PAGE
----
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Thank you so much for the advice, Llyra! What a relief to hear that other people have experienced the same thing - thanks everyone. I'll hang in there and hope that this stage passes quickly. Now that I think about it, rocking and giving dd to dh do help calm her down and then she nurses more easily. I just never made the connection. Thanks again.
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#6 of 16 Old 01-23-2010, 09:46 PM
 
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mine did that at about the same age. I found cutting out dairy in my diet helped everything... it is like they want to nurse but realize there is something in there that will hurt their bodies....

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#7 of 16 Old 01-23-2010, 10:29 PM
 
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We do EC witg our babies, and the behavior you are describing is exactly what our babes do when they have to poop or pee (usually poo though). Nursing seems to stimulate the need need to evacuate the bladder/bowels I would potty them and finish nursing. My babies seem to be fairly regular right away. Right now DHis pottying my 10 day old My DS is 16 months and I can't ususally get him to latch if he has to pee. If I do, he pinches, grabs me, kicks his legs around, pops on and off... Drives me nuts!

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#8 of 16 Old 01-24-2010, 01:41 AM
 
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well, you seemed to have gotten some answers, but I just want to add it happened to us also, around that time...I had to pick the lo p and kind of "reset" ht and then she'd be ok...sometimes.....she got over it...whew...glad we are past the problems like that! Good luck!!

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#9 of 16 Old 01-29-2010, 02:07 PM
 
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Usually when Bella does this it's either slow letdown on a side that's almost done, or overactive letdown on the new side! If it's overactive, it'll happen in the first few seonds (with me). If it's that the breast is not producing enough "on demand" for her, she will do what you say, pull off, flail about, get agitated, root around and do that fast, pissed-off baby breathing (ya know? ). Then I know it's time to switch to the other side.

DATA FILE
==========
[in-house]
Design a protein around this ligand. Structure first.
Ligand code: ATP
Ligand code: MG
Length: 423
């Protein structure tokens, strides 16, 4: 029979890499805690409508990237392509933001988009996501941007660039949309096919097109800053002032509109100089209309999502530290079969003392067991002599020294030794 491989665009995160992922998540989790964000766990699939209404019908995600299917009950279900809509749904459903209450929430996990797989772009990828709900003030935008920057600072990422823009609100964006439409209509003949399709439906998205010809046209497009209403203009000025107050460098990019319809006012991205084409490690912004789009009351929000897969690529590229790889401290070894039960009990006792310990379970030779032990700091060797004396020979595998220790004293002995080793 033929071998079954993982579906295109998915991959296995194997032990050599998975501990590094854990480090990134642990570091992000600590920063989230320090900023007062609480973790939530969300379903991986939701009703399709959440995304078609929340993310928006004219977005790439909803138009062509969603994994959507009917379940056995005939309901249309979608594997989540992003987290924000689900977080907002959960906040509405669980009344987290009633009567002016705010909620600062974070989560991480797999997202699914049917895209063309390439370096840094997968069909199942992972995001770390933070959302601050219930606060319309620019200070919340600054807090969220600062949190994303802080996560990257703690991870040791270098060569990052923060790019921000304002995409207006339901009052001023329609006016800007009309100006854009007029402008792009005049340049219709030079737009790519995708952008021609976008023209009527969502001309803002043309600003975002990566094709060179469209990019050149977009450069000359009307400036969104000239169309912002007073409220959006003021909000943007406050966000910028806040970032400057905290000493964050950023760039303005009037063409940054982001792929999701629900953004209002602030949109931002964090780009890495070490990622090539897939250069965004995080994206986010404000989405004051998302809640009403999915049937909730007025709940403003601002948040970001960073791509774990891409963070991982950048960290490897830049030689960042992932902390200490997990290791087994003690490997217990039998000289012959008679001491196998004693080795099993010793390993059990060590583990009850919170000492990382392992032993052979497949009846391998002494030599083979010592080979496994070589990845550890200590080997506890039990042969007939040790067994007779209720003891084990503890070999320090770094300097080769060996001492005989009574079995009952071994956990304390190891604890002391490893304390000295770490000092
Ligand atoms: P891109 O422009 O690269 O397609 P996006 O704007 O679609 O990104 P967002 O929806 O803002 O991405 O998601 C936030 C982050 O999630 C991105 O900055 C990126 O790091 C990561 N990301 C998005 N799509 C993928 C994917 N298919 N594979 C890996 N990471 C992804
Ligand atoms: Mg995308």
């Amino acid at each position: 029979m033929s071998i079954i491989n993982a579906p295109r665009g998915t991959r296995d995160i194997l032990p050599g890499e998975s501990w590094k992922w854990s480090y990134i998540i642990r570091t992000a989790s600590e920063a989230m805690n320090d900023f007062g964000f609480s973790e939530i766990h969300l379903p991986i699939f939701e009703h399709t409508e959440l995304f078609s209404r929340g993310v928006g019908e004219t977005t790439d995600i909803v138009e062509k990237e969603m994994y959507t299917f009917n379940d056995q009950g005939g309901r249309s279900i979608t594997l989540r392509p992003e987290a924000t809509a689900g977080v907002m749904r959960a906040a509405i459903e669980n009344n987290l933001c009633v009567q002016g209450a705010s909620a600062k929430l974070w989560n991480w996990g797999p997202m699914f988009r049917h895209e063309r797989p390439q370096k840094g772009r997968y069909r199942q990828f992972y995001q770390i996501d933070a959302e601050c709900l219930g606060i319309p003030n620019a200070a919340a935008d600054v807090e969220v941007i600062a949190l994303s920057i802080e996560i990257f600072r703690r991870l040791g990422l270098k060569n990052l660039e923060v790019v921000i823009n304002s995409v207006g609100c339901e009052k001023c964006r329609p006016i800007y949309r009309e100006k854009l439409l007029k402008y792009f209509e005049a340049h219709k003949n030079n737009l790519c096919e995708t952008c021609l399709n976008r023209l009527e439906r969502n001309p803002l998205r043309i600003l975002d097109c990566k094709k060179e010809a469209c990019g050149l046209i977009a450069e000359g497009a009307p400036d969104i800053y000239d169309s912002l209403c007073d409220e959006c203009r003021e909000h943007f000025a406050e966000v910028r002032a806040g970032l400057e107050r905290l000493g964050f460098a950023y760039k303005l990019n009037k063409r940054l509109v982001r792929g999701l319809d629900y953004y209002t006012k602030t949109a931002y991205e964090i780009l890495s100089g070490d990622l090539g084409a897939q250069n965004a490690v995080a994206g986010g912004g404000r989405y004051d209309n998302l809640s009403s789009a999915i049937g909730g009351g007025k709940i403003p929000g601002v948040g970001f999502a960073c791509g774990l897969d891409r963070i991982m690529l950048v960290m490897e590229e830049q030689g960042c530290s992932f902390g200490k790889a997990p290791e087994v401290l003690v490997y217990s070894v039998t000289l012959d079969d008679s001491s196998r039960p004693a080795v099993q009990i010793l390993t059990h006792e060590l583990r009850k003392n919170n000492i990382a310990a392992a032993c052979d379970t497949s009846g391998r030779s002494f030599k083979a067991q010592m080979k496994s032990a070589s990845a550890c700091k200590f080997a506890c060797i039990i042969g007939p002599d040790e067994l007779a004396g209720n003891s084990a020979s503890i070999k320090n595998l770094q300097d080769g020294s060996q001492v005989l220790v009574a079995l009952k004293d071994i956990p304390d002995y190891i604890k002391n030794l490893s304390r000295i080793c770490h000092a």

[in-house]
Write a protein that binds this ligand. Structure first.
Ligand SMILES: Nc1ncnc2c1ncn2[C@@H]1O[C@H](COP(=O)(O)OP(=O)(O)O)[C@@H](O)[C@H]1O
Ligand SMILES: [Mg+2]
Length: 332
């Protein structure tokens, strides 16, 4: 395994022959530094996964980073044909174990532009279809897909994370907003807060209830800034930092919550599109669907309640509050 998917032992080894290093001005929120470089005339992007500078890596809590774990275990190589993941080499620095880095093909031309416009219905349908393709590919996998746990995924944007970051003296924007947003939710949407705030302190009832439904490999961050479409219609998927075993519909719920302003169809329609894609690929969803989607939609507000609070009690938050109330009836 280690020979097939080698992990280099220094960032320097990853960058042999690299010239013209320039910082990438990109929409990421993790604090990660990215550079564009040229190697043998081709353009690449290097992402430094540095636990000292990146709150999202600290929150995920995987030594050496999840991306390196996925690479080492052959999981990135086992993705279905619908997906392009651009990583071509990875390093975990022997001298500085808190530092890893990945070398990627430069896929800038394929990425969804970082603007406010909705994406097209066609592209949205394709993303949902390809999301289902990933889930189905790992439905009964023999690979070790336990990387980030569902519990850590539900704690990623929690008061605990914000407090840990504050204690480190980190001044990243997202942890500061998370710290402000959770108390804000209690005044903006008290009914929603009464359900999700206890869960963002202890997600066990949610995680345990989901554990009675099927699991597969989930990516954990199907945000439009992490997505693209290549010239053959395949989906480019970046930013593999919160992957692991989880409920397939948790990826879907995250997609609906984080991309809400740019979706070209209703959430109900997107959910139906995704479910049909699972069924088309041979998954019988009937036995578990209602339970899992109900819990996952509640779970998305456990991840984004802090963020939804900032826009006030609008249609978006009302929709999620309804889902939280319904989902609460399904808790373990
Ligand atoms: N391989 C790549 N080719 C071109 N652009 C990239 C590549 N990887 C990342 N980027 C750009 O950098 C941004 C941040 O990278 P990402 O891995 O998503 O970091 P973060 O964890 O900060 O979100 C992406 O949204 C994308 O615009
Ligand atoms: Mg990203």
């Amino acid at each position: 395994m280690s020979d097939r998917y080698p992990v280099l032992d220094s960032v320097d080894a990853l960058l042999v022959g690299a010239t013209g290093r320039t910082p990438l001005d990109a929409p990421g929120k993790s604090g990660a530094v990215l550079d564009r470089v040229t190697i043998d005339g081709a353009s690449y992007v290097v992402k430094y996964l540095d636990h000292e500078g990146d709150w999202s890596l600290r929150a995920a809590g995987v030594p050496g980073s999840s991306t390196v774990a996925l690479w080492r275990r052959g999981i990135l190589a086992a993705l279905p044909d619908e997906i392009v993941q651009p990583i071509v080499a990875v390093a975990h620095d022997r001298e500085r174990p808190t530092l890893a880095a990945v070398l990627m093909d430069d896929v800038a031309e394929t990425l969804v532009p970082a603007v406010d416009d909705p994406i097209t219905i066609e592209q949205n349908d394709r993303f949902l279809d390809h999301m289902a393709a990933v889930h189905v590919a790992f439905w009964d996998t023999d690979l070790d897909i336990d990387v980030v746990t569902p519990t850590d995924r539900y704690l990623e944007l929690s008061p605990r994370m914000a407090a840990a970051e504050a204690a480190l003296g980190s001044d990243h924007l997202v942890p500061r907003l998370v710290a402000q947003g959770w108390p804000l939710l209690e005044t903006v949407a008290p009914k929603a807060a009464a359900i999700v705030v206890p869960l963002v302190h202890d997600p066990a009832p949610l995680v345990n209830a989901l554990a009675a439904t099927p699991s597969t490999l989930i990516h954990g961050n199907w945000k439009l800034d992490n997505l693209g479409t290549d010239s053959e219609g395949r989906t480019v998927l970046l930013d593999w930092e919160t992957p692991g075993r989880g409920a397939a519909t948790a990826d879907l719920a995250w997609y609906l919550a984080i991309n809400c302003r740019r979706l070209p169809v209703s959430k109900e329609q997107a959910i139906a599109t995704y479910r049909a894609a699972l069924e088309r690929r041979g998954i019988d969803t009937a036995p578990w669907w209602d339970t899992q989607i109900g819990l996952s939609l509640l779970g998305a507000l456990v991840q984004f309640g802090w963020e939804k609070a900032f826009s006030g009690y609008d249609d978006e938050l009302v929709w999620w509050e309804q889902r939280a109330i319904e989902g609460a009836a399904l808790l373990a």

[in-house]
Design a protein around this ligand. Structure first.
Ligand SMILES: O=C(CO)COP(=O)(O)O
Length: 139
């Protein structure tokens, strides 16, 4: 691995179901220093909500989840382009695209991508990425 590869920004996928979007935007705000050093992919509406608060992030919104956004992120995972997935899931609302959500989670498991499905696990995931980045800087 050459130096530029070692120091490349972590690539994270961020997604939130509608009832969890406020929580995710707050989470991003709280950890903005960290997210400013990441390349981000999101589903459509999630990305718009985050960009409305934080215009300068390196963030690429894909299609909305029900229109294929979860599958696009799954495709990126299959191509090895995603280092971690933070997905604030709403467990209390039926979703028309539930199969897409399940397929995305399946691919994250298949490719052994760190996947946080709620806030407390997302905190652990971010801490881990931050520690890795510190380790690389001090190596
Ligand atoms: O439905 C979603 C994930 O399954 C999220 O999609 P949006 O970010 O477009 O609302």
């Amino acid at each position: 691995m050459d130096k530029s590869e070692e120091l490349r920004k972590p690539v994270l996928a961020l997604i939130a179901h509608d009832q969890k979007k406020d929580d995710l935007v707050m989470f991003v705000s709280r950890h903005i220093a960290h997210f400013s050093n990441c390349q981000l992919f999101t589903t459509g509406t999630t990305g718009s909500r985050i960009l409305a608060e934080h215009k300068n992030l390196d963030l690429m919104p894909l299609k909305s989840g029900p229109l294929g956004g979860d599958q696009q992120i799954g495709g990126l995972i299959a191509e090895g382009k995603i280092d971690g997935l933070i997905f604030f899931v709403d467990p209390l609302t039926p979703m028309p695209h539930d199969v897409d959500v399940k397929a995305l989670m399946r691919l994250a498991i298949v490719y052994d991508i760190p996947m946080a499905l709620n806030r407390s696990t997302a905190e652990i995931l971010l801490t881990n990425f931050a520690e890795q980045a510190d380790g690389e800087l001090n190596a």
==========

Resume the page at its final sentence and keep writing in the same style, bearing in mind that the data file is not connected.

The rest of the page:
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#10 of 16 Old 01-30-2010, 03:47 AM
 
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Quote:
Originally Posted by JayJay View Post
Usually when Bella does this it's either slow letdown on a side that's almost done, or overactive letdown on the new side! If it's overactive, it'll happen in the first few seonds (with me). If it's that the breast is not producing enough "on demand" for her, she will do what you say, pull off, flail about, get agitated, root around and do that fast, pissed-off baby breathing (ya know? ). Then I know it's time to switch to the other side.
yeah, babies can be impatient sometimes just like the rest of us.

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#11 of 16 Old 01-30-2010, 03:18 PM
 
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Originally Posted by abimommy View Post
yeah, babies can be impatient sometimes just like the rest of us.
Oh yes! And you know it's so awesome to see this little person with emotions make a point - I love it

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#12 of 16 Old 02-07-2010, 05:52 AM
 
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my son did exactly this. I had oversupply overactive letdown. Nursing lying down and block feedings worked for me.
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#13 of 16 Old 03-13-2011, 07:10 PM
 
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Glad to see this thread, I just did a search to find out my 4 week old Ruby's "insane baby" episodes at the breast seem to be normal.

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#14 of 16 Old 03-17-2011, 06:05 PM
 
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Ruby, my DD is also 6 weeks old and has had episodes like you describe. Our pediatrician recommended swaddling, nursing, then sleep. Works like a charm. DD can't fuss AND, as an added bonus, she sleeps 5-7 hours a night! She wasn't sleeping nearly as well before we adopted this routine. biggrinbounce.gif


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#15 of 16 Old 03-20-2011, 08:49 AM
 
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My instinctive suggestion would be that she's getting impatient when the flow slows...they learn quickly that pulling and kneading triggers a let-down!  As a pp suggested - perhaps switch breasts - or try breast compressions?

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#16 of 16 Old 03-21-2011, 09:35 PM
 
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Originally Posted by Heba View Post

My instinctive suggestion would be that she's getting impatient when the flow slows...they learn quickly that pulling and kneading triggers a let-down!  As a pp suggested - perhaps switch breasts - or try breast compressions?


Interesting. My son is 6 months and seems to need to nurse so much more right now and he's fussy and has been pinching and kneading my breast. O wonder if he's not getting enough out at first and needs to help it along.